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The Lives of Stasi Agents Don’t Fade Away



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The 2007 Academy Award–winning political thriller The Lives of Others brought worldwide attention to the Stasi — the East German secret police — and its ruthless efforts to control an entire country’s population between 1949 and 1989. William F. Buckley declared it “the best movie I ever saw” before his death.

Well, it’s startling to see the Stasi live on — in a manner of speaking — nearly a quarter-century after the Berlin Wall fell.

Roland Jahn, the new head of Germany’s Federal Commission for the Stasi Archives isn’t happy about the fact that his agency still employs 37 former Stasi members. The purpose of the archives was to make sure ex–secret policemen couldn’t for career purposes make their spying career disappear and to grant victims of the Stasi access to their files.

Jahn is upset that Stasi victims have to interact with people who were in charge of their monitoring and even imprisonment: “Every former Stasi collaborator who is still employed by the agency is a slap in the victims’ faces.”

But Jahn is stymied by German civil-service laws that prevent him from laying off his unwanted legacy employees. They can only be moved to an equivalent position in other federal agencies and can fight to stay where they are. “Many employees say: no way am I moving on. And so the whole affair is delayed,” Jahn told German journalists.

The revelations have embarrassed Germany’s president, Joachim Gauck, because he was the first head of the Stasi archives from 1990 to 2000 and not only hired the Stasi retreads but lobbied to make their jobs permanent in 1997 on the grounds that their expertise was invaluable.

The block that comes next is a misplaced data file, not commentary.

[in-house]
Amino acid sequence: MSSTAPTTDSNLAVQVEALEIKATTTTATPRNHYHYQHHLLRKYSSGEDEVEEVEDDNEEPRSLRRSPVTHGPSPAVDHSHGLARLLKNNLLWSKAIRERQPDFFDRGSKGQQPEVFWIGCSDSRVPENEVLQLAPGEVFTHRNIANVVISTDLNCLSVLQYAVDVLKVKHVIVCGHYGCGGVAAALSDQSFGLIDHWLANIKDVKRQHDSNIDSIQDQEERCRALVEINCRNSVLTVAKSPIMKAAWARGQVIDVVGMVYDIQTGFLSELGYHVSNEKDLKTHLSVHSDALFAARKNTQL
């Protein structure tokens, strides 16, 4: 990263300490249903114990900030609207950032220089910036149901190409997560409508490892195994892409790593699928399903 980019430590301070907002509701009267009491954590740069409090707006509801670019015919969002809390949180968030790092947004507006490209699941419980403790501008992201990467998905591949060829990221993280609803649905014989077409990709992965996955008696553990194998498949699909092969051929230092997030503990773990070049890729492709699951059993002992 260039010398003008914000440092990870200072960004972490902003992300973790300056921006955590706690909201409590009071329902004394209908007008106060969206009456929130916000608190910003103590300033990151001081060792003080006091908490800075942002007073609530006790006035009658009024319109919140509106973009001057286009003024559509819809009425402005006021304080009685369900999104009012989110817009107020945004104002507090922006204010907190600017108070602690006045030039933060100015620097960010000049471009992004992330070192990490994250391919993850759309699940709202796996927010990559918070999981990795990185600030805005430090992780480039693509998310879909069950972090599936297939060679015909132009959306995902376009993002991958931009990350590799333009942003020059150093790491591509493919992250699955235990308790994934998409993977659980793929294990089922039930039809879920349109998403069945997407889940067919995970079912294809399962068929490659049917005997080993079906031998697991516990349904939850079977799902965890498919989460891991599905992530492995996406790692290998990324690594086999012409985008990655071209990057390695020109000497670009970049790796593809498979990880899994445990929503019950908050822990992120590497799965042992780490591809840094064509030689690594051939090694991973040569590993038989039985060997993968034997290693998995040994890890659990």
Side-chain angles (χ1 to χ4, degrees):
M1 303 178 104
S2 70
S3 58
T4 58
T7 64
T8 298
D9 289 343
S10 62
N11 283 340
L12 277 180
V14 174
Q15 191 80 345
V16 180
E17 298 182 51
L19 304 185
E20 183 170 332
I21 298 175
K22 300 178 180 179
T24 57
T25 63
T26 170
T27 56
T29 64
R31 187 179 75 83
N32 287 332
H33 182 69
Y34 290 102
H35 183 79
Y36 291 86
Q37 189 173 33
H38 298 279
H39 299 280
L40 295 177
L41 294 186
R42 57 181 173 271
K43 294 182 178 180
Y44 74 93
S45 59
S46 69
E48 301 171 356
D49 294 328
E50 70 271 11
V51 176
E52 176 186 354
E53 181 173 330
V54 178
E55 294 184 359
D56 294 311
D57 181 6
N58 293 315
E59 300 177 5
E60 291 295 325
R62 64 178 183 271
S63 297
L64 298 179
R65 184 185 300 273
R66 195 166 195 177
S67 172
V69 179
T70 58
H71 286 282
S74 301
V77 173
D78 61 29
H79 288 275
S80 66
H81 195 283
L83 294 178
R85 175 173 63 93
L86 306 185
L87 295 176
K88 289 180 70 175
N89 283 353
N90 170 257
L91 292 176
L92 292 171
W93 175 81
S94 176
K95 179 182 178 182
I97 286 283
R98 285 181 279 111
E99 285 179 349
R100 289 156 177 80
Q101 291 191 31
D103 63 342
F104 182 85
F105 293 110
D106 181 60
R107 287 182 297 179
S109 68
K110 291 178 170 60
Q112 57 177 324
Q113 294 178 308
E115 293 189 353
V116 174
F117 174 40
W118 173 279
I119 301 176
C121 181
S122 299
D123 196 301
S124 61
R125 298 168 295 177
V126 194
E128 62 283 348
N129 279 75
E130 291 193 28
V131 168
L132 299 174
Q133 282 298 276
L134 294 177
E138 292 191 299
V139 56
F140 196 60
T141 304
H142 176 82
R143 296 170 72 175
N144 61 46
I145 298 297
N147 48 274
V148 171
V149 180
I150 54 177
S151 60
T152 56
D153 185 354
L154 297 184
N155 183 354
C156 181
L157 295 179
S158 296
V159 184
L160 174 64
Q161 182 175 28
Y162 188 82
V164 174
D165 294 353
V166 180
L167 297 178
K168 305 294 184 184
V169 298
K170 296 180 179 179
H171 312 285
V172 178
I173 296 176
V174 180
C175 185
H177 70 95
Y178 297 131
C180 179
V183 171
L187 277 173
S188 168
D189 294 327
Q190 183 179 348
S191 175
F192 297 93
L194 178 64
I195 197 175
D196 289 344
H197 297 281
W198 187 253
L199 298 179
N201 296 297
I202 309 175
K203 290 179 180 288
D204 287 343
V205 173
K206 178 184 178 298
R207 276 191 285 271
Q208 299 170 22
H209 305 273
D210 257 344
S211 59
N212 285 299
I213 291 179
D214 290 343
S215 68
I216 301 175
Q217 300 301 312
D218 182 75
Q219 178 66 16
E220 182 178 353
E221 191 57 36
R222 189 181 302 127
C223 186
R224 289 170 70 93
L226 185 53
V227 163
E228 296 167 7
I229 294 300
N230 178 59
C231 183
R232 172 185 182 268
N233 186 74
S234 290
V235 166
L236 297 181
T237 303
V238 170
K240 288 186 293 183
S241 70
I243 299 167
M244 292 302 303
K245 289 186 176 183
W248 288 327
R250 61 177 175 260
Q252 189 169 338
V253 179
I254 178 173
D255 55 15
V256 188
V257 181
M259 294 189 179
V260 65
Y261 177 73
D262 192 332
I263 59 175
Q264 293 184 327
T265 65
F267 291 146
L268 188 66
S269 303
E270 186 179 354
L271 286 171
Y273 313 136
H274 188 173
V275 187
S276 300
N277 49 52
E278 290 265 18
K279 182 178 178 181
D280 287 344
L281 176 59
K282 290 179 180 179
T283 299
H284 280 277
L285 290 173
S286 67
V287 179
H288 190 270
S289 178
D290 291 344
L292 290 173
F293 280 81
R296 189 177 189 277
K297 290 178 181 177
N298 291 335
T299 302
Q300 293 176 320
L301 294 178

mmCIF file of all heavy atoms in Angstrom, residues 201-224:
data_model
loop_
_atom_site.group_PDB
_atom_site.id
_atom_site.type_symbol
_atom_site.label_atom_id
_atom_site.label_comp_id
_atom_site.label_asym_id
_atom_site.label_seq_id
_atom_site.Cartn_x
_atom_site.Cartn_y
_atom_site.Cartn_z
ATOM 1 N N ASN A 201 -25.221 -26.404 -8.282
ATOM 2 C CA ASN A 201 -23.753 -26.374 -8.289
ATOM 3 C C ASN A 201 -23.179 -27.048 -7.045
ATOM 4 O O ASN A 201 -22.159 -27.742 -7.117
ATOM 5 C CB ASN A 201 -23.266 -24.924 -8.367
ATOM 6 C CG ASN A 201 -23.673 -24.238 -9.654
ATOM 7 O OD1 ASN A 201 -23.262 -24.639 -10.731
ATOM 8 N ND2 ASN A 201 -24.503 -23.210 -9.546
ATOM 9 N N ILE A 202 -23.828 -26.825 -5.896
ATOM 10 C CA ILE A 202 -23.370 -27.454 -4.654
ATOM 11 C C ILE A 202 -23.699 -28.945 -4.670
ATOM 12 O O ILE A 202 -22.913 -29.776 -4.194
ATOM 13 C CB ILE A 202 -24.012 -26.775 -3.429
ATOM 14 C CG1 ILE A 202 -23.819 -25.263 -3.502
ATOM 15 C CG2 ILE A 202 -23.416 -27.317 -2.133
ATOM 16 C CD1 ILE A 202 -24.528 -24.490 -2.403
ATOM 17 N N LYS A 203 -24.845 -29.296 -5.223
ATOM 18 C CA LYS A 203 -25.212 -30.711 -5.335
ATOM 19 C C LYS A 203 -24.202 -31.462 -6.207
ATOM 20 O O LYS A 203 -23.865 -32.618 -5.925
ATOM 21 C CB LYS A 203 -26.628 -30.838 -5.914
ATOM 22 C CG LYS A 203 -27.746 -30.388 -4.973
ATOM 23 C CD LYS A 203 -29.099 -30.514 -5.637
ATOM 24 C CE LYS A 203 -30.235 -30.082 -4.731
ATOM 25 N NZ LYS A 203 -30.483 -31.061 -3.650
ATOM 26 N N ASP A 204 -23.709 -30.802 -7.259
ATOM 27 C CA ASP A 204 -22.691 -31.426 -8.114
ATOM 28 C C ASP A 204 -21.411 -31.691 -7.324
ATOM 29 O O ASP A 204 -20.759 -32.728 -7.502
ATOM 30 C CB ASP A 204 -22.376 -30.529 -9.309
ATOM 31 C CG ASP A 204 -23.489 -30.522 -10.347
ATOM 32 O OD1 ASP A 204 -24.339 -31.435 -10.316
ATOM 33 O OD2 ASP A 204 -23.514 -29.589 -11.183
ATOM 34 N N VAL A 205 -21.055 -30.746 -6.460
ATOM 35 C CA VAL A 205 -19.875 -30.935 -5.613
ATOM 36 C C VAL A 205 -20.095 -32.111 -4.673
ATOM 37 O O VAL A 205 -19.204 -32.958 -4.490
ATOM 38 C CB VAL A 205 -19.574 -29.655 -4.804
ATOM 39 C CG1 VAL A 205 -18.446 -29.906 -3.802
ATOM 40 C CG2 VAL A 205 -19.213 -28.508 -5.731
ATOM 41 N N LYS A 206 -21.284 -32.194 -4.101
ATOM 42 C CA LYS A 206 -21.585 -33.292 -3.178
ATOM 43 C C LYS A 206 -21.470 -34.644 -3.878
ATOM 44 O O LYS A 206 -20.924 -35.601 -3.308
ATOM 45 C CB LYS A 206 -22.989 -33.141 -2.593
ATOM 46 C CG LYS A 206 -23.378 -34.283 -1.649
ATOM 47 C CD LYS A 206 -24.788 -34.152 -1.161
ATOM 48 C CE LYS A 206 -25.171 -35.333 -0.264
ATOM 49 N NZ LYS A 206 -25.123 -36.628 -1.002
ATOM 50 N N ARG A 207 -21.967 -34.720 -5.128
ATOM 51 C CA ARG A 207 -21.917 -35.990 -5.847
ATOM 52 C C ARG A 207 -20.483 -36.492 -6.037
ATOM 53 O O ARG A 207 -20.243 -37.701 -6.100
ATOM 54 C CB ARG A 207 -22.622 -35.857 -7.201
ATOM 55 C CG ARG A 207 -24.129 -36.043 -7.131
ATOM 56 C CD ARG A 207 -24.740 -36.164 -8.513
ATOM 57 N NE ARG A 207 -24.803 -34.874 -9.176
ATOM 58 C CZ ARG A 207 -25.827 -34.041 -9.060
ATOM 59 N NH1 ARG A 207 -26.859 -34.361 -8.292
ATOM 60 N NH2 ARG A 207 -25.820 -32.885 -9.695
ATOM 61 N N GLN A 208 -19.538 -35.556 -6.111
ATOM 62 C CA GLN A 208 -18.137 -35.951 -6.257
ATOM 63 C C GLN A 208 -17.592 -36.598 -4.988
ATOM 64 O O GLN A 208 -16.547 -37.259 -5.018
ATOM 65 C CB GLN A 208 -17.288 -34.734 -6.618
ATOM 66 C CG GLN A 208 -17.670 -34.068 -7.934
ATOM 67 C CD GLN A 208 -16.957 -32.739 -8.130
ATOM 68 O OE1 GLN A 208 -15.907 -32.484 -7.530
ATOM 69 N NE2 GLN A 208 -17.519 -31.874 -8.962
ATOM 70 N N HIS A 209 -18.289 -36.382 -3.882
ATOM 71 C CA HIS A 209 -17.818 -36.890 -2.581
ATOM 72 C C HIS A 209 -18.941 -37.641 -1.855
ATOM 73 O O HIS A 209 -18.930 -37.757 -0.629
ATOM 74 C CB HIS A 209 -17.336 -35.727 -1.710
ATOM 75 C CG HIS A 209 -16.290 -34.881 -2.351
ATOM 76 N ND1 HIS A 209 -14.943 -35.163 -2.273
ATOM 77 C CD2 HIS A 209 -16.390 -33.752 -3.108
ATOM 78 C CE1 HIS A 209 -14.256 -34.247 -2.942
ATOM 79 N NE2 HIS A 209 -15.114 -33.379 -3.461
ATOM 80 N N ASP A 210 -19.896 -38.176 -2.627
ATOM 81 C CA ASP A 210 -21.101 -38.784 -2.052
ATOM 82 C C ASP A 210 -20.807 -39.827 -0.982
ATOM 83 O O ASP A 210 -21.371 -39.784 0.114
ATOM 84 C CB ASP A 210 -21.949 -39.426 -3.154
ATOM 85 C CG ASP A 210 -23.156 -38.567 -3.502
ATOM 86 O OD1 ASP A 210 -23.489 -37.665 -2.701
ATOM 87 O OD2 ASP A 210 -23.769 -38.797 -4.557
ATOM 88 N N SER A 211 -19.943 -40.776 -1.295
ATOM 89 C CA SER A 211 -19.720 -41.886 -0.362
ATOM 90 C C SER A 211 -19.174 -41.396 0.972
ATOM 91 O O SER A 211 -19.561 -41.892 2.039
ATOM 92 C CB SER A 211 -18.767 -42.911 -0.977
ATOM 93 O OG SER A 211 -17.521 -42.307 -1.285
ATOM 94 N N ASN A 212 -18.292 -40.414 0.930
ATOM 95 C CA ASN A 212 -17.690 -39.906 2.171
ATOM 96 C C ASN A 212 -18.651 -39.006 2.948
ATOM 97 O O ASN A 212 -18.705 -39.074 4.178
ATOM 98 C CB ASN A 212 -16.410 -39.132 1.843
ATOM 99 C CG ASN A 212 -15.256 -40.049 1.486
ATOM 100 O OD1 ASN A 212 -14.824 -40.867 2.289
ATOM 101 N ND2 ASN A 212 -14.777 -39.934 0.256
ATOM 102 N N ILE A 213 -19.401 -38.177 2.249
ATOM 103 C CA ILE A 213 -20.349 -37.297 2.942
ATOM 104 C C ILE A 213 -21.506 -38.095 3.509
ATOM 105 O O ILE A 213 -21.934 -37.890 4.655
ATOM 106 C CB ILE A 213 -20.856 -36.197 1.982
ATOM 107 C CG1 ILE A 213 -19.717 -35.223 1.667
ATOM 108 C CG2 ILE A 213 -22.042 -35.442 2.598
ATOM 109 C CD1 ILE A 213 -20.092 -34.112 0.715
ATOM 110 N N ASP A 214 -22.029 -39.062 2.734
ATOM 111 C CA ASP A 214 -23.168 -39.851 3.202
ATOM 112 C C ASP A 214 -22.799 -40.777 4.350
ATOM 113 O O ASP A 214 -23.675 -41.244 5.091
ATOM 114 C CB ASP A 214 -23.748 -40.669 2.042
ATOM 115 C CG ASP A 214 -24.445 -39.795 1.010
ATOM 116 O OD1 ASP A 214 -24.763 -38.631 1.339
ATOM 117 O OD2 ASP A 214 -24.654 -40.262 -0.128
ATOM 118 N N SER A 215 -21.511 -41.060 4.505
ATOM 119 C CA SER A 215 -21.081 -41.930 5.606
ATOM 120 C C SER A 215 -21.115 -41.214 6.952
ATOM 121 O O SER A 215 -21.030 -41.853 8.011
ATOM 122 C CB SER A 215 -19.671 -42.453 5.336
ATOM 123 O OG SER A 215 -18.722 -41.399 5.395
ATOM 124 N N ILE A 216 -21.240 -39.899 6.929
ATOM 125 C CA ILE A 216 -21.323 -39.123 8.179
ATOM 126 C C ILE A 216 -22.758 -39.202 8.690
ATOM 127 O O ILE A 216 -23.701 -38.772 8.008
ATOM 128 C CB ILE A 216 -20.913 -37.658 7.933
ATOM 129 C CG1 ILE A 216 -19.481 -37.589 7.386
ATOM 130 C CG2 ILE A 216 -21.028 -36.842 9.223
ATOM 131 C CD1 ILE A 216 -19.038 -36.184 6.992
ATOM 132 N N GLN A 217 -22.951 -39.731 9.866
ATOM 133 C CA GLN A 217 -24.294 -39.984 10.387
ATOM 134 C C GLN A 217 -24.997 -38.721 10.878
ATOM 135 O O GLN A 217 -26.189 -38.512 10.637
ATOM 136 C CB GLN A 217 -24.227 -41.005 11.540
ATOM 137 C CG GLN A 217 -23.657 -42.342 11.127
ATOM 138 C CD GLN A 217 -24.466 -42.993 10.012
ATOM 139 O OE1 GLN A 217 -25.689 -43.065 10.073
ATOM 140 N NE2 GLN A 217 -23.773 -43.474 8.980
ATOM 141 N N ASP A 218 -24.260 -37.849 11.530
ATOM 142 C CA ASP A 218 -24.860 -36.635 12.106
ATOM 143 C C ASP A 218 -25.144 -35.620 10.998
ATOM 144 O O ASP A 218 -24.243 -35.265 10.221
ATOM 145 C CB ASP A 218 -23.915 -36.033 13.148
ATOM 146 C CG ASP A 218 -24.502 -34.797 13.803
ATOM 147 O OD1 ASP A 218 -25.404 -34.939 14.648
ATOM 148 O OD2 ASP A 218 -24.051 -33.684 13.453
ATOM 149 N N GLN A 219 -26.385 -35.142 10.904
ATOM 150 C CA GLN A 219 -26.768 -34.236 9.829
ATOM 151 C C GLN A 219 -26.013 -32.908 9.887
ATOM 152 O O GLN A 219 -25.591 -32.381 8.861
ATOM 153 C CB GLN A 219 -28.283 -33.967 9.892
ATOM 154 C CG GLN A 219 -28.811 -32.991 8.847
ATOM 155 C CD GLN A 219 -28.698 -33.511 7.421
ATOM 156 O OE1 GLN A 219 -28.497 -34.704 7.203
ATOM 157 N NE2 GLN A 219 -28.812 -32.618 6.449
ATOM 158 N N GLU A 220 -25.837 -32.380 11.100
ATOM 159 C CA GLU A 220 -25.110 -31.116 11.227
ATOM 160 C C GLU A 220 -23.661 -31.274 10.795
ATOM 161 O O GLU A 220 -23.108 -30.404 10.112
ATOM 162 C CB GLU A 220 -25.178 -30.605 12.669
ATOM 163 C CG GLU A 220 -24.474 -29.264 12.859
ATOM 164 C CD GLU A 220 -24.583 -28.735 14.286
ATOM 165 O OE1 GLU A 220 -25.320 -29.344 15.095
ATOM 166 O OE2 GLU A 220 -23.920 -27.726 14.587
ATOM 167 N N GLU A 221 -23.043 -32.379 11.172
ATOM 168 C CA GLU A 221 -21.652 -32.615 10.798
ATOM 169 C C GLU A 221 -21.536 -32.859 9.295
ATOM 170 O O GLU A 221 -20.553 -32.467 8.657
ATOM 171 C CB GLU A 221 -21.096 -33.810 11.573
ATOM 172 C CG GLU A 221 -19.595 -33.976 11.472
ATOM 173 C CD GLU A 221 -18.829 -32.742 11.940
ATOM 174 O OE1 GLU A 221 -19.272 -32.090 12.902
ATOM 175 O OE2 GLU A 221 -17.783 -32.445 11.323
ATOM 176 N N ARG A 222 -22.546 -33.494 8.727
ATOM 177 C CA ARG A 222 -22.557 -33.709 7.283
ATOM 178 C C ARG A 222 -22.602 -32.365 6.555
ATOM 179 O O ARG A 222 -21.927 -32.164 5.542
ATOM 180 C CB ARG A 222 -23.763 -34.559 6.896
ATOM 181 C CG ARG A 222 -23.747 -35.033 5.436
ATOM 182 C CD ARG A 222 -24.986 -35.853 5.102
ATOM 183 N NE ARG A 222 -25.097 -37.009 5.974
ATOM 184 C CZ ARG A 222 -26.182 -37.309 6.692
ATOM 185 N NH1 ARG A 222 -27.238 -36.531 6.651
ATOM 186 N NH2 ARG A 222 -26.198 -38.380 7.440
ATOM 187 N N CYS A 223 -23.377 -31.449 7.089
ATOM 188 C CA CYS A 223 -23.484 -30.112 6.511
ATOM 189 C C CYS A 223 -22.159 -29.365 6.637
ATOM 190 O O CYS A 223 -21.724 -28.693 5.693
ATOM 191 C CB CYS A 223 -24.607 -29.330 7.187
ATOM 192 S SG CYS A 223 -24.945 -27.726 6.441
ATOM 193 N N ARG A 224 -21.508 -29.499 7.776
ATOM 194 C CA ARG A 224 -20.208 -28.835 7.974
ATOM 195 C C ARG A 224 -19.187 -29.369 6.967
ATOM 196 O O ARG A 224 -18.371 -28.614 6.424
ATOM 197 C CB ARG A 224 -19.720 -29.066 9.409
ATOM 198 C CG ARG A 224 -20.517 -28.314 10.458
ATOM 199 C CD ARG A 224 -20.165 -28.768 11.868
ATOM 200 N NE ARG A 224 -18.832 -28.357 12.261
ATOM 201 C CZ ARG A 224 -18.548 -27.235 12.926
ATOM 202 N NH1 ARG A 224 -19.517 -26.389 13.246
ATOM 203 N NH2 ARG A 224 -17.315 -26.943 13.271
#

But to whom? Some Stasi victims have raised fears that former agents could easily destroy or alter some of the 5.1 million personal files in the archive. As would be the case with Germans, the files were comprehensive; some even include jars with body odor samples taken from those arrested — the better for dogs to hunt them down if there was an escape.

Klaus Schroeder, a historian at Berlin’s Free University, told Britain’s Guardian newspaper that “ultimately, the responsibility for giving these people uncontrolled access to high-profile files lies with Gauck.”

Ronald Reagan once quipped that “the nearest thing to eternal life we will ever see on this earth is a government program.” Apparently, for some Stasi spooks the nearest thing to lifetime employment in their chosen profession is a job tending the files of the very people they once victimized.



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